The Crown Act Banning Discrimination Against Natural Hair Was Passed by the House

Some much welcome good news: The House of Representatives has passed the CROWN Act, a bill that ensures hair traits historically associated with ethnicity are protected at work and in schools.

The House Judiciary announced the decision via Twitter on Friday, writing, “BREAKING: @HouseDemocrats have PASSED the #CROWNAct, a critically important civil rights bill that would explicitly prohibit discrimination on the basis of hair texture or hairstyles commonly associated with a particular race or national origin.”

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Congresswoman Ayanna Pressley, who recently spoke to ELLE.com about being diagnosed with the autoimmune disorder alopecia areata for our State of Black Beauty franchise, also weighed in on social media: “Black is beautiful and so is our hair. For anyone who has ever faced hair discrimination or punishment for showing up exactly as you are, the #CROWNAct is for you. TY to my sisters-in-service & the movement for making the House passage of the CROWN Act possible.”

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Race-based hair discrimination garnered national attention when the CROWN—Create a Respectful and Open World for Natural Hair—Coalition first set out to ban intolerance based on style, type, and texture in 2019. Co-founded by Dove, the National Urban League, Color Of Change, and the Western Center on Law and Poverty, the movement works to create a “more equitable and inclusive beauty experience for Black women and girls.”

The CROWN Act was first introduced in January 2019 by California State Senator Holly Mitchell. It is the first bill in American history to outlaw hair discrimination. The act is now one step closer to becoming law and will go to the Senate next for consideration.

According to The Hill, President Joe Biden has indicated that he plans to sign the Crown Act into law if it reaches his desk. “The president believes that no person should be denied the ability to obtain a job, succeed in school or the workplace, secure housing, or otherwise exercise their rights based on a hair texture or hair style,” the White House said in a statement obtained by The Hill.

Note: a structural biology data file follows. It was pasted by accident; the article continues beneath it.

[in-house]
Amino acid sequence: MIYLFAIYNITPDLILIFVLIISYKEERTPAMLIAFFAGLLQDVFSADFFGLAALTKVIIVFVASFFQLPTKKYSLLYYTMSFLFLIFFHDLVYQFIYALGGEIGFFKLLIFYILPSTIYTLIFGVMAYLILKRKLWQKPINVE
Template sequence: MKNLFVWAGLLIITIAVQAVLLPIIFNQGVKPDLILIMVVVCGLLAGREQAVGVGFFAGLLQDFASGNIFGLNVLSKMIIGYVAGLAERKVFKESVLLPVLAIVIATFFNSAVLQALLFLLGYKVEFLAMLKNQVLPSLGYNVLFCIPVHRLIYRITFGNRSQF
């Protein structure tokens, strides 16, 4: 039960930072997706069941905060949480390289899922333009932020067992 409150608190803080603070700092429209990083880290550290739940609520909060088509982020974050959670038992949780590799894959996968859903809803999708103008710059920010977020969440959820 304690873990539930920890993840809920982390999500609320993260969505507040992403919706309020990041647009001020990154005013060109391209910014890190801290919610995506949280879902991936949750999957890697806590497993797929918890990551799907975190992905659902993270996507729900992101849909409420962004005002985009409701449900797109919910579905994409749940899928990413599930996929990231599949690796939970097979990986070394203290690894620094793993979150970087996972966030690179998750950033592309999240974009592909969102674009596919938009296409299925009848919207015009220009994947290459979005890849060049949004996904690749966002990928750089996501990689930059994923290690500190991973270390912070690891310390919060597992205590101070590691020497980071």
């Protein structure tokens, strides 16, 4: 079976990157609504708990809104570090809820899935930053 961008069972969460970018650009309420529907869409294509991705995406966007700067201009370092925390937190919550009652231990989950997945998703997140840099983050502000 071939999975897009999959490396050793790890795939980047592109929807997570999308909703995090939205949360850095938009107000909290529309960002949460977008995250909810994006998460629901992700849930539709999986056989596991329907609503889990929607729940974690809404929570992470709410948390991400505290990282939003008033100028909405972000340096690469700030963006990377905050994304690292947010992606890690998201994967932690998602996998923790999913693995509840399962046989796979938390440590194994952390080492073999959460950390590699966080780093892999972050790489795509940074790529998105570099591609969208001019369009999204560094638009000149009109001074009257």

This type of legislation is long overdue. In August 2018, 11-year-old Faith Fennidy left her Louisiana classroom in tears after school officials said her braids violated school policy. Five months later, high school wrestler Andrew Johnson was forced to shave his dreadlocks in public before competing in the 120-pound weight class. That same year in Alabama, Chastity Jones claimed she lost a job offer after refusing to cut her dreadlocks.

These stories, Sen. Mitchell told Essence, “were the wind that gave us the opportunity to help challenge public perception, to help us push back on employer perception, to change the law.”

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The CROWN Act was recognized at the 2020 Academy Awards during Matthew A. Cherry’s acceptance speech for Hair Love, which picked up an Oscar for best animated short. The film follows a Black father as he learns how to style his daughter’s hair. Cherry’s guest that evening was DeAndre Arnold, a high school senior from Texas who was told to cut his dreadlocks—or he couldn’t walk the graduation stage.

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Hair Love was done because we wanted to see more representation in animation,” Cherry said during his acceptance speech. “We wanted to normalize Black hair. There’s a very important issue that’s out there, the CROWN Act.”

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